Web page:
Mutations were going to happen no matter what we did. It's all over the world. And it runs rampant in poor countries. Every variant has come from some poor undervaxxed country so far. How do you defend against that? It was always going to find a way around our current vaccines. Like the flu. @Swerd just posted another link further validating that the deer population appear to carry it. It originally supposedly jumped from a bat. If it can cross jump species like that how are you ever going to stop it? Obviously the first round of vaccines buys us more time but it's pretty clear that more effective ones and further advances in treatments has to be done. Supposedly a new one is being worked on that's multivariant resistant I think @Mr._Clark posted a link to that one. Hopefully it does well in testing
I'm not advocating to not take preventative measures just saying demonizing everyone as if they ever had a chance to truly stop this virus once it broke loose just isn't going to help in the long run. Honestly I'm amazed they got a vaccine out at all that at least minimizes symptoms this is a coronavirus it's the first successful vaxx in any measure ever against this type of virus. Pretty damn impressive
 
Swerd

Swerd

Audioholic Warlord
ANYBODY that thought this COVID nightmare wasn't going to turn into a political poop show must have been living under a rock!
The governors of Florida and Texas have taken this political poop show to another level by preventing common sense efforts at fighting a major public health risk.

So, to one-up your anal analogy – It takes a real turd of a politician to make flushing toilets illegal during the poop show.
 
Bucknekked

Bucknekked

Audioholic Samurai
The idea that virus infections can trigger auto-immune responses has been around for a long time. I first heard about it in the 1980s as a young post-doc, when I was interested in why we don't have immune responses against various cancers. It was theorized that type 1 diabetes could come from the immune response remaining after a viral infection – a hit & run virus that triggered a hit & remain immune response. It was an interesting idea, but I don't know if more is now known about it. Inflammation and the adaptive immune system (B & T cells) have both been thought of as both potent weapons against infection, and as double-edged swords that can cause harm.

Various auto-immune diseases such as, diabetes, rheumatoid arthritis, Crohn's disease, lupus, ankylosing spondylitis, Behcet's disease, and others, have unknown causes. One of the suspected causes is a miss-directed immune response. I don't believe the answer is that simple, as there is also a genetic component. Certain auto-immune diseases are known to occur at higher frequencies in individuals with certain gene isoforms. For example, there is a rare auto-immune condition causing severe inflammation in eyes (Bird shot retinopathy). 99% of these patients have a subtype (also known as a haplotype) of the gene for type 1 human leukocyte antigen (HLA) called HLA-A29. Without going into detail, HLA is known to play a role in presenting partially digested pieces of foreign protein molecules to T cells of the immune system.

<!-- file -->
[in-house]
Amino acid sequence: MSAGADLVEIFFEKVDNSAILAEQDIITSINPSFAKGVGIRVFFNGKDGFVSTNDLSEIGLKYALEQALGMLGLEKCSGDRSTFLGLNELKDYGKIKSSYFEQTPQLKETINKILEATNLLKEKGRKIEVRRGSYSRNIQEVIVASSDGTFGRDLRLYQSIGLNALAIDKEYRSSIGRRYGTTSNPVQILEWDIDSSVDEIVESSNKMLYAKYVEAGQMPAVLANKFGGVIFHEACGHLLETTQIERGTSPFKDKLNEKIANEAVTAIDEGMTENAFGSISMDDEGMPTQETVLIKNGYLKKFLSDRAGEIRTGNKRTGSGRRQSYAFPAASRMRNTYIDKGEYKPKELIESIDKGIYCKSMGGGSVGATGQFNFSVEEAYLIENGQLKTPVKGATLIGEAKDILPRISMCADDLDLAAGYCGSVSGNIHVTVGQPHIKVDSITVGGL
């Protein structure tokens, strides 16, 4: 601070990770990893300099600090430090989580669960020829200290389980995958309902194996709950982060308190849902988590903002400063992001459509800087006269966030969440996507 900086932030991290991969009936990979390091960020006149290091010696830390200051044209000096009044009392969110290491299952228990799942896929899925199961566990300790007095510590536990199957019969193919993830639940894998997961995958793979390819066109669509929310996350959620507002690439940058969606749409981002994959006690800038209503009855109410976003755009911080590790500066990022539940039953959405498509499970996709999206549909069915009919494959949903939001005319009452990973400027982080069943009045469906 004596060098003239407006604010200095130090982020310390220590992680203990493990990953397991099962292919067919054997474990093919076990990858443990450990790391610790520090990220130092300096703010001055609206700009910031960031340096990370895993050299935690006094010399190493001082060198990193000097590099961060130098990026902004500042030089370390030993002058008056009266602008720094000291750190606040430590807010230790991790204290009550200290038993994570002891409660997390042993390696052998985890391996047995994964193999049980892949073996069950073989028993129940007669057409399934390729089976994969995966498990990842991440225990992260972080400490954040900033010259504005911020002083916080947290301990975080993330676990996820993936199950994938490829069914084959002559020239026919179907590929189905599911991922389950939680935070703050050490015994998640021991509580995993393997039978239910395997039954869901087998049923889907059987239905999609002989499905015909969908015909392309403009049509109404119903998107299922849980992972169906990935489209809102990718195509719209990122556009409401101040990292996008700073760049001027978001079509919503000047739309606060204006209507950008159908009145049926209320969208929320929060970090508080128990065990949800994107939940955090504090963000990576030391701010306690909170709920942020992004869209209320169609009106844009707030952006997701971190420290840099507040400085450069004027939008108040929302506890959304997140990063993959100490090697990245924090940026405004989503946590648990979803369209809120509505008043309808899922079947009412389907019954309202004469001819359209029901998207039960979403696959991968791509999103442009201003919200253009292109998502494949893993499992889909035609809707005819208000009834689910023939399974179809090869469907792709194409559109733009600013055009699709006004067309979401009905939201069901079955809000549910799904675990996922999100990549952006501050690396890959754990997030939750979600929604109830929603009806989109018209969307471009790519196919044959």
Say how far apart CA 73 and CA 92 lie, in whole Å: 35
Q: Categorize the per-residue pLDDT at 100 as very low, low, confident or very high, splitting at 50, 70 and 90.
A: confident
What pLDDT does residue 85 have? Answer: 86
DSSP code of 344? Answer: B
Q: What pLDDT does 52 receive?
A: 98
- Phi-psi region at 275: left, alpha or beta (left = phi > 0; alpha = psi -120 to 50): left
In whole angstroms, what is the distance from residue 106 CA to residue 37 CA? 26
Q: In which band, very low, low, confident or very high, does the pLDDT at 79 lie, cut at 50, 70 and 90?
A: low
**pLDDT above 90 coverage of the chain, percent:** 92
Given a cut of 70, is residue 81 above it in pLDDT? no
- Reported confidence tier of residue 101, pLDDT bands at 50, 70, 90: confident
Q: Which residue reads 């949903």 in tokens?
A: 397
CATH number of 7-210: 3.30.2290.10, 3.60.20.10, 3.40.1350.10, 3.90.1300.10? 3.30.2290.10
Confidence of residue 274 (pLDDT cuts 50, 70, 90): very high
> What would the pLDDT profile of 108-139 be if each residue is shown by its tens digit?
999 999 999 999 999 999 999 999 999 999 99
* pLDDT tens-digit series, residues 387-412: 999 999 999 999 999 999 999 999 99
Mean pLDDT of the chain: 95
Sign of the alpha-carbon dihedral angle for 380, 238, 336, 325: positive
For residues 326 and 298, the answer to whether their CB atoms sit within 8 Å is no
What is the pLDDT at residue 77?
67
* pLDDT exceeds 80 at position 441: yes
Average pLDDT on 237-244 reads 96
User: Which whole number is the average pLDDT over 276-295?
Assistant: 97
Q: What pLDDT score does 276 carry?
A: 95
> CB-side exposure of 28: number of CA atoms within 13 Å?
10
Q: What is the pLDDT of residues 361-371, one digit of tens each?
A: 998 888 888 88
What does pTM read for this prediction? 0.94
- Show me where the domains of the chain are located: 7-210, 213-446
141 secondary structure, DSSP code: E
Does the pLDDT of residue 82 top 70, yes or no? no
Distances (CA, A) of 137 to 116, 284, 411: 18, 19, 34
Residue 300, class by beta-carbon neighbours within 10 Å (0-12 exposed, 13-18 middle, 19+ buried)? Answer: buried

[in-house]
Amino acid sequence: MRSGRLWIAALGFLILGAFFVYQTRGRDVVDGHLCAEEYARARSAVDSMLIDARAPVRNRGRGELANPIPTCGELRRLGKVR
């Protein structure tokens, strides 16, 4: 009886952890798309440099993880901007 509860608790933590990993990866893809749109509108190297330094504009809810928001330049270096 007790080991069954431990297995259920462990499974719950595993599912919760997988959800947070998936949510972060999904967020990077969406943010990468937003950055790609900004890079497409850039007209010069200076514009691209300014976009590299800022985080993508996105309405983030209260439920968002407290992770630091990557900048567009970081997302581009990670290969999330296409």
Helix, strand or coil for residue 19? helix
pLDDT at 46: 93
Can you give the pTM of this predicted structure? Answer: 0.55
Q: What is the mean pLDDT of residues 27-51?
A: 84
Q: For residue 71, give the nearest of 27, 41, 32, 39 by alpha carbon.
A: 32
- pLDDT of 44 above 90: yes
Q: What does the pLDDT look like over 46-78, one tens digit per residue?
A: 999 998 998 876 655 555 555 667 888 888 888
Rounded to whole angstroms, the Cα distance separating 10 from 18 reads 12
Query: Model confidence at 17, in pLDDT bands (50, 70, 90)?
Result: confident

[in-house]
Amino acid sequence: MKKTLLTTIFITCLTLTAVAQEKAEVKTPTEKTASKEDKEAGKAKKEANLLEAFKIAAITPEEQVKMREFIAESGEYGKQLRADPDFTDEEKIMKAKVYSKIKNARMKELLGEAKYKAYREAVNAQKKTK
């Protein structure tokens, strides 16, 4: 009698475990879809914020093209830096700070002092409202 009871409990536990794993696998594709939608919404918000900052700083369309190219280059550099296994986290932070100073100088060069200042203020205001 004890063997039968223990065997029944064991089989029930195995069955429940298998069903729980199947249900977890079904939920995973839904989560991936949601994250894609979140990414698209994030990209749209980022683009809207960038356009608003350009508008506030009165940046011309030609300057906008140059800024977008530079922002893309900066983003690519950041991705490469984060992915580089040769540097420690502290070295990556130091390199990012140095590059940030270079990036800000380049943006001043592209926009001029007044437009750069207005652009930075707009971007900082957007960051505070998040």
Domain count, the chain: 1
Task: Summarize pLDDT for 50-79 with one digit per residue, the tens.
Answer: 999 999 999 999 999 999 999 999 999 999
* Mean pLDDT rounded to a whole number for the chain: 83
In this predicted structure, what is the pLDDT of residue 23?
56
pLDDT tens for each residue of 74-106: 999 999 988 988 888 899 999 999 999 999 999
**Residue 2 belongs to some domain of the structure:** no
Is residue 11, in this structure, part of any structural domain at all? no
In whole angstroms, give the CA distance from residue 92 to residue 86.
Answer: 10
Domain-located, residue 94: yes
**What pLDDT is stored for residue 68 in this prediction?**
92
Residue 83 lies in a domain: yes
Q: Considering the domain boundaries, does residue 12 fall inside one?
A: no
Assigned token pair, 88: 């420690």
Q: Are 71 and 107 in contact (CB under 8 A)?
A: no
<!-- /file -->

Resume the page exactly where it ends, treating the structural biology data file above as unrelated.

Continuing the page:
The cause of bird shot retinopathy is unknown, but it can be treated with strong immune-suppressing drugs. These drugs don't cure the condition, but they block the auto-immune reaction and prevent loss of eyesight. Additional genetic, environmental, or unknown factors are suspected to work with the HLA-A29 gene, resulting in this disease.
@Swerd
I don't know about you but most places that I can read peoples comments on the plague turn in to a mindless display of ignorance in a hurry. I used to think most of our public problems with people acting like fools and expressing completely whacked opinions was simple ignorance: they simply weren't educated on the topic. With the advent of the internet and worldwide availability of information I am proven wrong. Simple ignorance can't explain the miserable collection of opinions you see in most public discourse, with the virus topics being particularly off base.

I am no public policy expert or infectious disease expert either. I am 67 years old and have survived the attacks of polio, measles and other ravaging diseases that have been largely eradicated with vaccines. People who cry all sorts of nonsense against the vaccines have no idea what the actual ravages of some of these terrible diseases are. I don't care if an individual or his family choose not to be vaccinated. If they choose not to, that's a choice they get to live with. What someone doesn't get to choose is the consequence.

I liked your posts. There was reason and thought in them. All too uncommon on this topic. I'm sure you'll be attacked senselessly for being "a sheeple". Shrug it off. Keep smiling. Keep listening to that wonderful music.
 
cpp

cpp

Audioholic Samurai